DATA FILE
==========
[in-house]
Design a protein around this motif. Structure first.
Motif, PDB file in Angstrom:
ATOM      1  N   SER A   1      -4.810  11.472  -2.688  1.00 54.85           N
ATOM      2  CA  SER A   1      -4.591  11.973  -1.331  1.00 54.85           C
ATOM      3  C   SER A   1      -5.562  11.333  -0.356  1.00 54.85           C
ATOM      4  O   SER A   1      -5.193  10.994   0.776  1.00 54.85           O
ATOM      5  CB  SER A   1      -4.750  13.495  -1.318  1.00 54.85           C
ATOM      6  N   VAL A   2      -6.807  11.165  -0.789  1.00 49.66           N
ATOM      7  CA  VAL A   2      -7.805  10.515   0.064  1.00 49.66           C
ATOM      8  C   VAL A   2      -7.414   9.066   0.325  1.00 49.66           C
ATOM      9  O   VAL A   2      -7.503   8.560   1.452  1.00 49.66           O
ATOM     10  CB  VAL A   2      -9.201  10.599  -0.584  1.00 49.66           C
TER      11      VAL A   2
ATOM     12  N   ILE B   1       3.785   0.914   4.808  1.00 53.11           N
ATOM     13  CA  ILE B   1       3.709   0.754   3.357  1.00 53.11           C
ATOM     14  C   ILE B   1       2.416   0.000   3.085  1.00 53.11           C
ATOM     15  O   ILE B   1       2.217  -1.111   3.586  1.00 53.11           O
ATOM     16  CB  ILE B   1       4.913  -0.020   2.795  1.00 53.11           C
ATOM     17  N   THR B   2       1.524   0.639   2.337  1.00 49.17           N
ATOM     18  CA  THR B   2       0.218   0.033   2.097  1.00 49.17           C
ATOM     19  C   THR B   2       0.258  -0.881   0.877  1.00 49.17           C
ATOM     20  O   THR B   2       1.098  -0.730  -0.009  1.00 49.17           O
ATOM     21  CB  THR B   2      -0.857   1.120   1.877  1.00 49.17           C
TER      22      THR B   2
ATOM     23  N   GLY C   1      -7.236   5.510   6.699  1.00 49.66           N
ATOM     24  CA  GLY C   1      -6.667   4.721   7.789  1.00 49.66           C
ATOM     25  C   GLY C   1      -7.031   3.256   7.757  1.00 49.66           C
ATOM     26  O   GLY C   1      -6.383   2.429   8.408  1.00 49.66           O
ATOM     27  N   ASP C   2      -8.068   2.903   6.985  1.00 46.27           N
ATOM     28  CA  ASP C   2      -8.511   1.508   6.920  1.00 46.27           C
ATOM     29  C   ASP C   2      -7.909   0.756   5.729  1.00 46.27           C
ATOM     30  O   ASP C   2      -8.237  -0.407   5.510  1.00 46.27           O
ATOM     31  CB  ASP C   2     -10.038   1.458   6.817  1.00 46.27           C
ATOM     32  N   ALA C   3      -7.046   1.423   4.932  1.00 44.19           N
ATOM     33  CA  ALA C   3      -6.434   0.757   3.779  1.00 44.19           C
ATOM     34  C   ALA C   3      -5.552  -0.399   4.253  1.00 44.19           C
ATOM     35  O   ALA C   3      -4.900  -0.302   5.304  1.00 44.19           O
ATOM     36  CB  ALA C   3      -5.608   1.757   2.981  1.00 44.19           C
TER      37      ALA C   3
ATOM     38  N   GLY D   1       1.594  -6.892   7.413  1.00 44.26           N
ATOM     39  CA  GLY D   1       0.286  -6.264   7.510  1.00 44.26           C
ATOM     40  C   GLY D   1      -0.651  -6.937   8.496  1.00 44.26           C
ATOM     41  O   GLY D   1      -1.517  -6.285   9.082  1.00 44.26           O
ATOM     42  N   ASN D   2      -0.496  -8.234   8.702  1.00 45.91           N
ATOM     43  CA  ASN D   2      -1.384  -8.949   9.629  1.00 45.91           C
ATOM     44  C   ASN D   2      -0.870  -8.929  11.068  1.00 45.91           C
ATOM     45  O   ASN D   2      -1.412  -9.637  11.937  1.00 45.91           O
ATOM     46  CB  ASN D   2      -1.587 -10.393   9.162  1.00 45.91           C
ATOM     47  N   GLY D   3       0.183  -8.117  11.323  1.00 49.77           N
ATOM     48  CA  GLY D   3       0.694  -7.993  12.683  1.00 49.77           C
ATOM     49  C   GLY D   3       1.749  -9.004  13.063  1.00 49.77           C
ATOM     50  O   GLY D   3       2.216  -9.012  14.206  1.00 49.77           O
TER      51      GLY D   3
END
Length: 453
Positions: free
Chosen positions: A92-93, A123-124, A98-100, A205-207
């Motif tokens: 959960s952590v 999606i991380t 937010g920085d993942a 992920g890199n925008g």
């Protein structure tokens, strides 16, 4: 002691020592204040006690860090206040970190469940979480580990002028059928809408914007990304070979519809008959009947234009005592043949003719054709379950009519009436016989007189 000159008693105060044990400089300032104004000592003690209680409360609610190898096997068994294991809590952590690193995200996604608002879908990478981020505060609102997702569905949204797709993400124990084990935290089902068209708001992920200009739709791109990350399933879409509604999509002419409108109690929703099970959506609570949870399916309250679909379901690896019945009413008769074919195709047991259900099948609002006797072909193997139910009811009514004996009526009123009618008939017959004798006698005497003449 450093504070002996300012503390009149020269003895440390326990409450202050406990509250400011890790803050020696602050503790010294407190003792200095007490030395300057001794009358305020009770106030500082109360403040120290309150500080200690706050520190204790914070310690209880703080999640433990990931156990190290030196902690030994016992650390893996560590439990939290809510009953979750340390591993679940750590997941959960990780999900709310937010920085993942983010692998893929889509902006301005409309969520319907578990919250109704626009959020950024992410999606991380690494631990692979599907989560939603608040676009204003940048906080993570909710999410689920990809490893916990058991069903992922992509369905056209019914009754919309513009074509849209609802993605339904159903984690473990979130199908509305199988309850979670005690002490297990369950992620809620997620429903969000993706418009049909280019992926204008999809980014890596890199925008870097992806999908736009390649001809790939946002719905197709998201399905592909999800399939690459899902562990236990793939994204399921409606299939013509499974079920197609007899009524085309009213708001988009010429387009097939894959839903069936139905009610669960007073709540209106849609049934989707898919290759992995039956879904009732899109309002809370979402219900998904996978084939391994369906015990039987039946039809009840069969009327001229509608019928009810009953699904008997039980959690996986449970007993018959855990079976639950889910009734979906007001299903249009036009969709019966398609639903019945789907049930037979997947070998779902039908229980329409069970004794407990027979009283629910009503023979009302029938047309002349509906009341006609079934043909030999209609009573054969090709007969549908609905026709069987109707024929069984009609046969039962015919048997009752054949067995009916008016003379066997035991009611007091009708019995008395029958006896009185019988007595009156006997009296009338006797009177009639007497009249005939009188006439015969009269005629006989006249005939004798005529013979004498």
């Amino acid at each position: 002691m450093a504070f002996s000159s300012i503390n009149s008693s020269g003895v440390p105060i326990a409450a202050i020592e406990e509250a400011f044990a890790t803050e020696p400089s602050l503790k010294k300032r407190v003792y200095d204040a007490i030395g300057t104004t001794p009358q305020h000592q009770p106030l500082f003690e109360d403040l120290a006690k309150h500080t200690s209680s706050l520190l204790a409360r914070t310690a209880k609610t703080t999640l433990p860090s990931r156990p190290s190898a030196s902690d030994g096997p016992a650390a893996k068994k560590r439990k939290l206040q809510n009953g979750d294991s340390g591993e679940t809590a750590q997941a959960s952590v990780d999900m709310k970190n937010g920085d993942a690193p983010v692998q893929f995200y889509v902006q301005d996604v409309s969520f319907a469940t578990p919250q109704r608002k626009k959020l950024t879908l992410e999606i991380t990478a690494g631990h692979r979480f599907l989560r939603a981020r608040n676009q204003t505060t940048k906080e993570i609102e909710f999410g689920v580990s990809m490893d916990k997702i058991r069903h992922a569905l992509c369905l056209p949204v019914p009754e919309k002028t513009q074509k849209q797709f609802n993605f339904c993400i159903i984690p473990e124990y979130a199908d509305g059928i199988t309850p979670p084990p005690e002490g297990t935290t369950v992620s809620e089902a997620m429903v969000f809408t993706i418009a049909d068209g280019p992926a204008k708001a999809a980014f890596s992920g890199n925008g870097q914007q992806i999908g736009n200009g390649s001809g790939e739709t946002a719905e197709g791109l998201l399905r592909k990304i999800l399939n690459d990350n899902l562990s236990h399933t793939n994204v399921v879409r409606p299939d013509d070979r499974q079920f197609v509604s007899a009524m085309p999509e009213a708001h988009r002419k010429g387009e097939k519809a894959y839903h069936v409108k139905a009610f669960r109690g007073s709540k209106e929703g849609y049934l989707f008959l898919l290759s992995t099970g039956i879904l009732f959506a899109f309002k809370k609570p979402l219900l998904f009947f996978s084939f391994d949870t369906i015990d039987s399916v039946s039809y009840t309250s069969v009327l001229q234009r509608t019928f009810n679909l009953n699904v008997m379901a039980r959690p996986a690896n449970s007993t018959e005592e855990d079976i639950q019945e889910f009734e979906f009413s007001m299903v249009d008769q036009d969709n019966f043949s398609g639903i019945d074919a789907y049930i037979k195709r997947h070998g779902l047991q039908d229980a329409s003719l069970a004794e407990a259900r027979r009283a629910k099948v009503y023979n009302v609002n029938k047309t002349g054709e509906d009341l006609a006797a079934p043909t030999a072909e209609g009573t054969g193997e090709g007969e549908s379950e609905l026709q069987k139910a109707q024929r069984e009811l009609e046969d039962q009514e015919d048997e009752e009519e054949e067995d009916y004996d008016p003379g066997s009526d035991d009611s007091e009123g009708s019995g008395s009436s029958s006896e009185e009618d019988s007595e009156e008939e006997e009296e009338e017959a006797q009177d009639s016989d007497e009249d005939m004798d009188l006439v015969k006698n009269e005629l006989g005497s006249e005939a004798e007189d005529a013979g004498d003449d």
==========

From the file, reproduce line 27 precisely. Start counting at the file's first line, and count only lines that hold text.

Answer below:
ATOM     24  CA  GLY C   1      -6.667   4.721   7.789  1.00 49.66           C